# I have a 2.8 GPA, I want to get a 3.5

<p>I go to a community college with a total of 37 credits. My transcripts contain a total of 15 classes attempted, 3 C's, and the rest of them are B's, never failed or withdrew from a class. I'm taking intro to healthcare for summer B, and things are looking up with that class because so far I have an A, I'm not sure how much that would raise my GPA. I'm also taking 13 credit hours this fall. How many full-time semesters with all A's will it take to get it up to a 3.5? I'm confident I can get all A's because community college is stupid easy, I just needed to quit smoking weed every morning. So I guess you can say I cleaned up my act...</p>

<p>37<em>2.8+x</em>4=(37+x)*3.5; solve for x</p>

<p>x stands for the amount of credits I would need to get it up to a 3.5?</p>

<p>I went from a 2.7 to a 3.7 in two semesters when I was in community college, but I had to retake one of the classes I had done poorly on to do it. Is that an option for you? After that the lowest grade I ever got was one B- and I was in pretty good shape for transferring.</p>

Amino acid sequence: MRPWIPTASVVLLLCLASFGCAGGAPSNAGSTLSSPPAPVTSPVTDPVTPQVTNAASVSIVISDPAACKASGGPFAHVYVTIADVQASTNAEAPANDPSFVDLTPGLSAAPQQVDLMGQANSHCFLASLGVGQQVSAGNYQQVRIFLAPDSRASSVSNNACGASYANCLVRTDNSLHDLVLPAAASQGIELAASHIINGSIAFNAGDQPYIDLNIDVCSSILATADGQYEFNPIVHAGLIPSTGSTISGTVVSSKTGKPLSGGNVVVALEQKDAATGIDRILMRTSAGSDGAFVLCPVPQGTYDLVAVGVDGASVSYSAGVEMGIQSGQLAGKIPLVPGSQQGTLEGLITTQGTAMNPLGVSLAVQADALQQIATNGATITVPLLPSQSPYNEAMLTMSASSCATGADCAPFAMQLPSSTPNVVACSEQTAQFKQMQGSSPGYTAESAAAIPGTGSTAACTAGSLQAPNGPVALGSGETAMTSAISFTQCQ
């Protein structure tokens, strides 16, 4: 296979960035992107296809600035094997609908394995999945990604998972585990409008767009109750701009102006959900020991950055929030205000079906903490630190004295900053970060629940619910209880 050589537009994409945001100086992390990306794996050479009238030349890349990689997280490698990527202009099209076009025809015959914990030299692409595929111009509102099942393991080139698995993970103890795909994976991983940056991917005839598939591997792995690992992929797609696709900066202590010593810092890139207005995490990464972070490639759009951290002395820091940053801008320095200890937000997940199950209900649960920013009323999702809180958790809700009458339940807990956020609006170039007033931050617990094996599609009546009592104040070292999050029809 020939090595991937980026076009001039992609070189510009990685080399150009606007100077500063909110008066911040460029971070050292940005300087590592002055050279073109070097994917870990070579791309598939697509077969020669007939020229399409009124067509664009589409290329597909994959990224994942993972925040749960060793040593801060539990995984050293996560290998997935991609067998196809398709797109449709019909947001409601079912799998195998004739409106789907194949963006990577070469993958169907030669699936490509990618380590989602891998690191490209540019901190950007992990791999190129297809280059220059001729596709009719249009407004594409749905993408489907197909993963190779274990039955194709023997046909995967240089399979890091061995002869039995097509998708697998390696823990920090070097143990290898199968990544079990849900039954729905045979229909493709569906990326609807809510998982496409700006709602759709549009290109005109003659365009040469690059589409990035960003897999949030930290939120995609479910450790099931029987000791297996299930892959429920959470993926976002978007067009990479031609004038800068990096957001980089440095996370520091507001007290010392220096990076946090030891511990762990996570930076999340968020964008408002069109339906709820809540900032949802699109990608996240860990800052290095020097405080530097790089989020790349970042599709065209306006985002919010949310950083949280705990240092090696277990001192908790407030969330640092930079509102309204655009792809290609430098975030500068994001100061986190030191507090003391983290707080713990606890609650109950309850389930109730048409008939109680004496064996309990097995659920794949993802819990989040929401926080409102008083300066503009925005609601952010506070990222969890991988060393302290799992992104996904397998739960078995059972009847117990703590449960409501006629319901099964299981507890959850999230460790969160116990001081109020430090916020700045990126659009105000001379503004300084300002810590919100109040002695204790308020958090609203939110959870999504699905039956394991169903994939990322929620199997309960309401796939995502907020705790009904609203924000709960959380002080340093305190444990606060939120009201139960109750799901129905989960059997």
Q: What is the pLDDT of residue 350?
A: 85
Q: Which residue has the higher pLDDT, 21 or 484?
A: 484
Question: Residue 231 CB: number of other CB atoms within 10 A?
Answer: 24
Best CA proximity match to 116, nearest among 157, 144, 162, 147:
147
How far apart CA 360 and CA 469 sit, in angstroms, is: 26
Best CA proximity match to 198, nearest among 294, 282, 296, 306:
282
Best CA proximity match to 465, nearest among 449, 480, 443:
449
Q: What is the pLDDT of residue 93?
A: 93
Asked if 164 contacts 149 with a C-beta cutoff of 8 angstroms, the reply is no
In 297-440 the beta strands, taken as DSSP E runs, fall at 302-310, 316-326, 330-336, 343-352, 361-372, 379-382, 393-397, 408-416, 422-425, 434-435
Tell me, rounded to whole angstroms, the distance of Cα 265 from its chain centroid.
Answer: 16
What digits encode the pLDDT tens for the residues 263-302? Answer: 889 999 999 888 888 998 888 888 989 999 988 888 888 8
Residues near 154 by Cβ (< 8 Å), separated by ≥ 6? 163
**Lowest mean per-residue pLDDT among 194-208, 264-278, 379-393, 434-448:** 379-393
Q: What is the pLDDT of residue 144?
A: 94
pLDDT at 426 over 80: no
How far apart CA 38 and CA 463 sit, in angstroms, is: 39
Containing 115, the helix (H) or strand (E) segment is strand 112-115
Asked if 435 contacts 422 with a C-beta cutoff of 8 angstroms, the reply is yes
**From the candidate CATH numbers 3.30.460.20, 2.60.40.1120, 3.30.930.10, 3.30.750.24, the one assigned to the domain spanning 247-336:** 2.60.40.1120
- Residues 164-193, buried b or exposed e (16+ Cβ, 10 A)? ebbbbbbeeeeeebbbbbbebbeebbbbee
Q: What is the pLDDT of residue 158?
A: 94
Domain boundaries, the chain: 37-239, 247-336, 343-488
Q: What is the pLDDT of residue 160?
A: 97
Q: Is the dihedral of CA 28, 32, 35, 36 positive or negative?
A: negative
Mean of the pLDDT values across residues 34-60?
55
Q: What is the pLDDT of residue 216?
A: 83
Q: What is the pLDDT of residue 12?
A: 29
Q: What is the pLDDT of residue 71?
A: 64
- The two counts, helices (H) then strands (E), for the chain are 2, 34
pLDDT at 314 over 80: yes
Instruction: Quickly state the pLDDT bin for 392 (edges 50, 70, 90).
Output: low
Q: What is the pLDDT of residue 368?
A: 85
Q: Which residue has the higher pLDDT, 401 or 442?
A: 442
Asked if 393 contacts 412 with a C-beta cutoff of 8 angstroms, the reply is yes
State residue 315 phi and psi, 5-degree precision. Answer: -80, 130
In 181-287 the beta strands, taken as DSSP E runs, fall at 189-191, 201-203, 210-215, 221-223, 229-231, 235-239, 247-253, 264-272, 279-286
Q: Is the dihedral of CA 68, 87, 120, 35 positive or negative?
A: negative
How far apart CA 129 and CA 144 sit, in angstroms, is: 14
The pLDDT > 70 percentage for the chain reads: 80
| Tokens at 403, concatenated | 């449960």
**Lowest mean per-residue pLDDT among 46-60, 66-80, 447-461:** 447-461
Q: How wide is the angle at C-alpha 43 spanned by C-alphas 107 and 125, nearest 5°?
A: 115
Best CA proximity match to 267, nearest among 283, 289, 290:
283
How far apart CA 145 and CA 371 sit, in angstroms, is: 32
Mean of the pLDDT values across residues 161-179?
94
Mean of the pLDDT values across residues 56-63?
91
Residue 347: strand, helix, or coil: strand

<p>Go here
Cumulative</a> GPA Calculator</p>

<p>balls - yes</p>

<p>You need a total of X credits where 0.417X = 37; X ~= 89 credits
You have 37 credits, so you'll need about 52 more straight A credits to raise your GPA to a 3.5.</p>

<p>Van's formula will always work as well. However, since you are assuming you'll get straight A's, there is an easier formula (if you want to check multiple GPA goals quickly):</p>

<p>Take the rise you want in your GPA (If you want a 3.7, then you want a 0.9 rise). Divide it by (4.0 - your GPA), which equals 1.2 for you. This is the fraction of your total credits that need to be A's. Take this fraction (X) divide it by (1-X), and multiply it by the number of credits you have taken (37).</p>

<p>EX: If you want a 3.7:
3.7 - 2.8 = 0.9; 0.9/1.2 = 0.75; 0.75/(1-0.75) = 3; 3 * 37 = 111. You'd need 111 more straight A credits to get a 3.7. This is pretty much your upper limit.</p>